Tester urges bipartisan legislation instead of blowing up the filibuster
Senator said if compromises can’t be achieved, he may favor eliminating Senate rule
Sen. Jon Tester of Montana speaks at the Public Auction Yards in Billings about the Meat Packing Special Investigation Act which he’s sponsoring (By Darrell Ehrlick of the Daily Montnanan).
Sen. Jon Tester didn’t leave the farm in Big Sandy to do nothing in the United States Senate.
But with partisan gridlock and Senate’s filibuster rule, which has been invoked to stymie much legislation, Tester said there may come a time when his support for “Rule 22” — the Senate’s policy that allows a minority of Senators to stop legislation — will run out.
In previous interviews, Tester has been a strong supporter of the filibuster, opting instead to negotiate bipartisan deals that can gain the support of 60 Senators. In an interview with the Daily Montanan on Friday, the Democrat said that’s still the case. However, he said he’s growing concerned, especially because of recent gridlock on an independent investigation of the Jan. 6 riots in the Capitol; bickering about a massive voting rights overhaul; and an infrastructure bill that needs to get accomplished.
If those things aren’t resolved, he said then the time might come to eliminate the 100-year-old practice in order to get legislation pushed through and get Congress working again.
He said the lack of support for an independent 9/11-style investigation commission gave him serious pause. Tester said the latest report by the Homeland Security committee that raised questions about how intelligence was given to the Capitol Police and the delay in response by the National Guard need to be answered. That may not happen, though, he said, because Congress will not authorize a full investigation.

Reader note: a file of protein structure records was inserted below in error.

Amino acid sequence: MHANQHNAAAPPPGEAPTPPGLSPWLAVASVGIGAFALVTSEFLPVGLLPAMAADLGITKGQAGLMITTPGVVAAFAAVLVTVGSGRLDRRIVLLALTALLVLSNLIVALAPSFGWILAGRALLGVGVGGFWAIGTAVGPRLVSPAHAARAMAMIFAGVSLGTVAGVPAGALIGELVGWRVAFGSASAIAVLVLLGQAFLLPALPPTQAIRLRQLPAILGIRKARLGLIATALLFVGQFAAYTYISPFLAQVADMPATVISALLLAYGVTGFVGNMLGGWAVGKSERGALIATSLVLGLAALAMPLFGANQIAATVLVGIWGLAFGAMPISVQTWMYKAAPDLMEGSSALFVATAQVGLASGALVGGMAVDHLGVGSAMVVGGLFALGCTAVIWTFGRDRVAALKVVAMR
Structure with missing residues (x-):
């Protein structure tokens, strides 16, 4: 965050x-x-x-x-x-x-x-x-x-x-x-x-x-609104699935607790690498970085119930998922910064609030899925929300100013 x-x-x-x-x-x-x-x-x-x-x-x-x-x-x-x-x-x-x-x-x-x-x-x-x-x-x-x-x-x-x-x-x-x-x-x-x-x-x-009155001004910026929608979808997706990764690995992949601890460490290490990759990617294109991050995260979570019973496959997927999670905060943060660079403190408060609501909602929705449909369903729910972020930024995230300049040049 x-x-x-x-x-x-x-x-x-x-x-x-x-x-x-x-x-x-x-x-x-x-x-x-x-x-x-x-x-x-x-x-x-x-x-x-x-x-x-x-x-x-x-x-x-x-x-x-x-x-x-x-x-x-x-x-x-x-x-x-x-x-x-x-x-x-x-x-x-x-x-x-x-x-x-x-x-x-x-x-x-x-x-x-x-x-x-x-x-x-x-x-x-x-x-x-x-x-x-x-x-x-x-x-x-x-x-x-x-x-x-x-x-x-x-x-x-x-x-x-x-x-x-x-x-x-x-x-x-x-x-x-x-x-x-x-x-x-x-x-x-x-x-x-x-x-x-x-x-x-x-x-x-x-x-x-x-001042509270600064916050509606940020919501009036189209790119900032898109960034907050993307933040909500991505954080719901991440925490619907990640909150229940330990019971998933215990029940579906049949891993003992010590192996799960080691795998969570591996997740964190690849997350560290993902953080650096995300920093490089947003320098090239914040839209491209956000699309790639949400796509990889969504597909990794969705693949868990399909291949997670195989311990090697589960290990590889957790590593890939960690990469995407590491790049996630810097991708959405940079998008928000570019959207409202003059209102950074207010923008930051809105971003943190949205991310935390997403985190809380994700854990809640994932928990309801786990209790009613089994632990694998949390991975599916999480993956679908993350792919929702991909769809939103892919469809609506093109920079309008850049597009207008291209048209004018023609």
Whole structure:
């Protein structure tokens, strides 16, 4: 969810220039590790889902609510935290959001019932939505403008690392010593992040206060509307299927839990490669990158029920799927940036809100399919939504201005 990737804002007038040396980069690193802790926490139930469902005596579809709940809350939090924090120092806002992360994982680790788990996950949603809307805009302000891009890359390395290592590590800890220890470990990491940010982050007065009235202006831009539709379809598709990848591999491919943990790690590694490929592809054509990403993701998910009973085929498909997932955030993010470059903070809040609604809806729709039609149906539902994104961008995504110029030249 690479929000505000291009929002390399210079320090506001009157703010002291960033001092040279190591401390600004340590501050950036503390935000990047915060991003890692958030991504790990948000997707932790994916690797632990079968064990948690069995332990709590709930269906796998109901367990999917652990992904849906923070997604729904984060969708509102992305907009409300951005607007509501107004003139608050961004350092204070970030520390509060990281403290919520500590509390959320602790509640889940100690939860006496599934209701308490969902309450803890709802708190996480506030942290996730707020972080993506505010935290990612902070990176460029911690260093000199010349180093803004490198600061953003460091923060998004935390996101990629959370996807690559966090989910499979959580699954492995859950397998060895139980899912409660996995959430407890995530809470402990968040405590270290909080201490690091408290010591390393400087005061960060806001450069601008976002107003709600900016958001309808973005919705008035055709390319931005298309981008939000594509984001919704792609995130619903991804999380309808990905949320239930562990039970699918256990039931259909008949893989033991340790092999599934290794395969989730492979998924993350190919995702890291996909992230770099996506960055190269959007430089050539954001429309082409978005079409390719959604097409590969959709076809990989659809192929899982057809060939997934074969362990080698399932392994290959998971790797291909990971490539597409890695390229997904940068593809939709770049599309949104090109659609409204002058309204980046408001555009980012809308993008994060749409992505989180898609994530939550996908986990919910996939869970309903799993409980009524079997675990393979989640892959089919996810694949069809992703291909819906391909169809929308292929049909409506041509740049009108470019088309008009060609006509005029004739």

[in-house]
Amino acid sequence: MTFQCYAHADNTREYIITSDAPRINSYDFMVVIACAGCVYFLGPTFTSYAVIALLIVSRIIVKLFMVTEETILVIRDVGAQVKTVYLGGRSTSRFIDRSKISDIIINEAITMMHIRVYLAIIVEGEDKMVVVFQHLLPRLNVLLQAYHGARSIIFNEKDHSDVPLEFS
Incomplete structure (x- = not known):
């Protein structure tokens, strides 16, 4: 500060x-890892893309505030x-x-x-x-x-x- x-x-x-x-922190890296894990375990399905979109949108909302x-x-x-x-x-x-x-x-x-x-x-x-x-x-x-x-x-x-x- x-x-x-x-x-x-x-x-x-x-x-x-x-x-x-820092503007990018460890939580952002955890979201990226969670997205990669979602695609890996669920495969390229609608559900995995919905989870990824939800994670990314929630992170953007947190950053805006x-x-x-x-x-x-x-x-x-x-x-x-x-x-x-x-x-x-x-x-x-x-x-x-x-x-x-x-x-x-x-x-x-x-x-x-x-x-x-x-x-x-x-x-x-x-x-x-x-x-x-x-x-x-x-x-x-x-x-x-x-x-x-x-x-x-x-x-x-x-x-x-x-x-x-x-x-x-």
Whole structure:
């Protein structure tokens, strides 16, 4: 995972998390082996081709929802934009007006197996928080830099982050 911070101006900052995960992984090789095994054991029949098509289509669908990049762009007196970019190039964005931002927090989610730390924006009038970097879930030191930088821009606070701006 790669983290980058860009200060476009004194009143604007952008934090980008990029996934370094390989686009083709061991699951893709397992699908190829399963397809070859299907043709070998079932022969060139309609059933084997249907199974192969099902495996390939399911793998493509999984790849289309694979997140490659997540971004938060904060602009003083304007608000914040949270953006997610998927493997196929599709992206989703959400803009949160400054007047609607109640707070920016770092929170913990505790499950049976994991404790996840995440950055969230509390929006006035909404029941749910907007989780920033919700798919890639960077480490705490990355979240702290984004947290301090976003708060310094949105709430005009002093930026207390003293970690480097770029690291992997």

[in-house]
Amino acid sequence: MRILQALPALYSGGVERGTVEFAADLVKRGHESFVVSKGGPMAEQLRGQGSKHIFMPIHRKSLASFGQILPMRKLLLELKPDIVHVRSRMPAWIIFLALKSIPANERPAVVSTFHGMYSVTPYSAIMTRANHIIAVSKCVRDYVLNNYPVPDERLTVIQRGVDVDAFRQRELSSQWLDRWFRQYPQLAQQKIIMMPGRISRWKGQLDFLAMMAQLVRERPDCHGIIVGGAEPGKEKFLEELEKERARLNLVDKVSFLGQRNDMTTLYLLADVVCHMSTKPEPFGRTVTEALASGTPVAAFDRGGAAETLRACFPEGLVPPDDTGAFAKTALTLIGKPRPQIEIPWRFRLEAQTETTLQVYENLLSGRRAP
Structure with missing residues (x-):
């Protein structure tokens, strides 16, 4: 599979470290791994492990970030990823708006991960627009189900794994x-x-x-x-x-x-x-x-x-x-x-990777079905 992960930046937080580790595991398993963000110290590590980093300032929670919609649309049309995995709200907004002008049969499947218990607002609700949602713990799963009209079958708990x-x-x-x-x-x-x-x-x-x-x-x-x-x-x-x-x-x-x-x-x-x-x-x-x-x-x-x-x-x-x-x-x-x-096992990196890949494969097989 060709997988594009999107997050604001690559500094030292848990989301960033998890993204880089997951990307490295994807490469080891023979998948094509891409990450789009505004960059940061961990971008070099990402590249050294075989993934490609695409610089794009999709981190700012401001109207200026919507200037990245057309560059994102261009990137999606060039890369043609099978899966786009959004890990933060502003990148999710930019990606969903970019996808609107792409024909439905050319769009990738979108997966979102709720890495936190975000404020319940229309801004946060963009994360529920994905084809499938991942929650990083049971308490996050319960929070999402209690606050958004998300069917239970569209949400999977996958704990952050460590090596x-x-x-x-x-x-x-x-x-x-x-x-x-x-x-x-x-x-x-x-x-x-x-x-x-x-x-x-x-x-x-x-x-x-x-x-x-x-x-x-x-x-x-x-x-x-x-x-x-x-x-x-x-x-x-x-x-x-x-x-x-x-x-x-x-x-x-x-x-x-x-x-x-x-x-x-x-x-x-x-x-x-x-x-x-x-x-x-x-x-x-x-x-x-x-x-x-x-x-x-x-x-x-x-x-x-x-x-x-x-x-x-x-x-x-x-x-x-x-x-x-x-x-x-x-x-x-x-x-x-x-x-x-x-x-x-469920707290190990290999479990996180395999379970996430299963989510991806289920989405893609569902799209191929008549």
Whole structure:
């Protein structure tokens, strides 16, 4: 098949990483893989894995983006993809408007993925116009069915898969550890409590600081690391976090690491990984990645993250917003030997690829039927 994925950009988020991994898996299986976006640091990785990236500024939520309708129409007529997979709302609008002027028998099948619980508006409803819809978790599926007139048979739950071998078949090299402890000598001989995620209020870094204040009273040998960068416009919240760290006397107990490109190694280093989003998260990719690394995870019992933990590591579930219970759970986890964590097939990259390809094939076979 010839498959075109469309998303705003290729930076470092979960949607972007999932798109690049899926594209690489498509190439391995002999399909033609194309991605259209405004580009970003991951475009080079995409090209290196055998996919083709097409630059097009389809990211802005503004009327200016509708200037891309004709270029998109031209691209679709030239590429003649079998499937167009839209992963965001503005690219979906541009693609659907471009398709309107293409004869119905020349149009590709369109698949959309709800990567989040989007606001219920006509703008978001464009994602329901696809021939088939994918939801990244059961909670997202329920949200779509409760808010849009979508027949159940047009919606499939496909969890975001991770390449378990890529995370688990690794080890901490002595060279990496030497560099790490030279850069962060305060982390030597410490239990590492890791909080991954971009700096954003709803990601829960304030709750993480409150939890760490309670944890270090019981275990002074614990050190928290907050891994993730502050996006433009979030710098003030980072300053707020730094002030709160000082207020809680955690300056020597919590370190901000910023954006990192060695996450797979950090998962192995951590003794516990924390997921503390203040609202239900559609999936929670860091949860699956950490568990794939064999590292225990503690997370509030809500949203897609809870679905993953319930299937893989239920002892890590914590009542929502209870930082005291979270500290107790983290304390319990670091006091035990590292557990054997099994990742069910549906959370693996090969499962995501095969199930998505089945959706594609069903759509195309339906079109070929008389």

Meanwhile, Tester is among a group of Senators being courted by the White House to hammer out a giant infrastructure deal.
Far from being strictly partisan, Tester ranks No. 3 on a list of Senators who break with their party to vote differently. Only Joe Manchin of West Virginia and Kyrsten Sinema of Arizona part company with their own political party more often.
Montana’s senior Senator also said that he’s concerned about voting rights across the country and supports Senate Bill 1. He said that while there are differences between the two political parties in what should be included in large measures like the infrastructure bill or voting rights, he remains optimistic there’s still enough middle ground to hammer out a bipartisan agreement without resorting to eliminating the filibuster.
Yet Tester said he cannot stand by and do nothing on every piece of legislation.
“If all those things fall apart, then that changes the landscape,” Tester said.
He said he doesn’t believe the rule was meant to hold up every piece of legislation.
“It’s time for bipartisan legislation — either fish or cut bait,” Tester said. “I am not there yet.”
Our stories may be republished online or in print under Creative Commons license CC BY-NC-ND 4.0. We ask that you edit only for style or to shorten, provide proper attribution and link to our web site. Please see our republishing guidelines for use of photos and graphics.